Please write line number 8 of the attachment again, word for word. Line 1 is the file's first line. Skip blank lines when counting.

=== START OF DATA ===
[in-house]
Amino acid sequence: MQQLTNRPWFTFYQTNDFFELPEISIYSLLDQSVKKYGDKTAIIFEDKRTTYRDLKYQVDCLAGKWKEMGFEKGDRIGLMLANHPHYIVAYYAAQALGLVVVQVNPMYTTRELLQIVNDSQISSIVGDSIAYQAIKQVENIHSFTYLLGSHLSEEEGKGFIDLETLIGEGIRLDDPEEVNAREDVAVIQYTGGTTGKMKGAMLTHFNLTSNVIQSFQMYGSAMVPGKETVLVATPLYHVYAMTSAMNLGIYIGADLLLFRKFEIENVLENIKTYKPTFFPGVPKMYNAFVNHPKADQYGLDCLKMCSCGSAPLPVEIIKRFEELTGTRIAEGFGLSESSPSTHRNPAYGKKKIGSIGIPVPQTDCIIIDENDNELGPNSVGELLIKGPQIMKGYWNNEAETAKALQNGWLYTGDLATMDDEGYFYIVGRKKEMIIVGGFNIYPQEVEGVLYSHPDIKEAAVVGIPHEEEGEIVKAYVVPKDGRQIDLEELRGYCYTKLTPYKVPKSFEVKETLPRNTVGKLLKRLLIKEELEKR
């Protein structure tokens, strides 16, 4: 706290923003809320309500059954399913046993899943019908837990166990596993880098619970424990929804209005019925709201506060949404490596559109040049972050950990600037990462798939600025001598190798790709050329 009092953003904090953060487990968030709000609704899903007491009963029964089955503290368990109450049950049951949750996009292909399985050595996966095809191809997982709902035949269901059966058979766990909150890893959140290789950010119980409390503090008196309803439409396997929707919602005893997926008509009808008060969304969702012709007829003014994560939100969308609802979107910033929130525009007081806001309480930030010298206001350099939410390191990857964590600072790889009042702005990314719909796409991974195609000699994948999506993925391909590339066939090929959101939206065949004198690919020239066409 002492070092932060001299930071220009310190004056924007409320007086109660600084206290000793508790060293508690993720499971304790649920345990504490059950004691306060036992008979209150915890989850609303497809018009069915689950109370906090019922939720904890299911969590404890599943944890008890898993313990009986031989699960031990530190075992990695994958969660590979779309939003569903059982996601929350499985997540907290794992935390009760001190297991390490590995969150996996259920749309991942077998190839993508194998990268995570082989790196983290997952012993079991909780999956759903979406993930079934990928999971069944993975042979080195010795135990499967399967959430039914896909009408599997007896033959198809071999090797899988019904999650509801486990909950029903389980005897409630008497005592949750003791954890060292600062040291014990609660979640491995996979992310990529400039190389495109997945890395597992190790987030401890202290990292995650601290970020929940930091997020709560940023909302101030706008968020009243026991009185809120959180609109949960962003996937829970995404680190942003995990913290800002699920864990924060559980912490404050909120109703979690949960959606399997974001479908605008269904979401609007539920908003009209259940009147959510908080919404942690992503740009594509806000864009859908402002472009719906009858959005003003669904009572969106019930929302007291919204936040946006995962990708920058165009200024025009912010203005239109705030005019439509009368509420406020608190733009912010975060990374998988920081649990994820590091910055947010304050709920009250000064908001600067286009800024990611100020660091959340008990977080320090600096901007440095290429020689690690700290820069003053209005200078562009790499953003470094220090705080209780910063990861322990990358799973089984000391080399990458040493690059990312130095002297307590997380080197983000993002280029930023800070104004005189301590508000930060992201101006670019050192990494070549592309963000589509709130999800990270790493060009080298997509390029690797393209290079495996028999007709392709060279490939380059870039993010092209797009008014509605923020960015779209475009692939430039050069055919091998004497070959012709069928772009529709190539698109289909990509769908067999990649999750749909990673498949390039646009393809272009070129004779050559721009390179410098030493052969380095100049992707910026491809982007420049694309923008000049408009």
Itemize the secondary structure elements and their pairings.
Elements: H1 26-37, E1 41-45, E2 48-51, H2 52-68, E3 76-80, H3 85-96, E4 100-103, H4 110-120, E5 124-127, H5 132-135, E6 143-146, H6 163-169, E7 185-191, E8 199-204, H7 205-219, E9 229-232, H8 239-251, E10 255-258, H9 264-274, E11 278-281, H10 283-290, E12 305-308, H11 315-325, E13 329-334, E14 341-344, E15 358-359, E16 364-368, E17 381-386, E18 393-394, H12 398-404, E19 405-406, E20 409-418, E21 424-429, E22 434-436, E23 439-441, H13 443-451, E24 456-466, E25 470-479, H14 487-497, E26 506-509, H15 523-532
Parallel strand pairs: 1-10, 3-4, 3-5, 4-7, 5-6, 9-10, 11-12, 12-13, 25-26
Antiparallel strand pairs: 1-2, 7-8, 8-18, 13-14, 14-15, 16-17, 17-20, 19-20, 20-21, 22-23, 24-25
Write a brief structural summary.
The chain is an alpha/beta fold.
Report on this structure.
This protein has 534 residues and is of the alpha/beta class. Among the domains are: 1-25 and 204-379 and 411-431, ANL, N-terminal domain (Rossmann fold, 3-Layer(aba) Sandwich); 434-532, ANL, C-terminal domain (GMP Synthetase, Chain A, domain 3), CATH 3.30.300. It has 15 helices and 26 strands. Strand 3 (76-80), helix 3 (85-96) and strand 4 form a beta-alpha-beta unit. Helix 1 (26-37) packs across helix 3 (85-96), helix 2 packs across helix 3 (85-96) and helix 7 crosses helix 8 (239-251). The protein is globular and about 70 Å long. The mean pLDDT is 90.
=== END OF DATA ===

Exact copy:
Write a brief structural summary.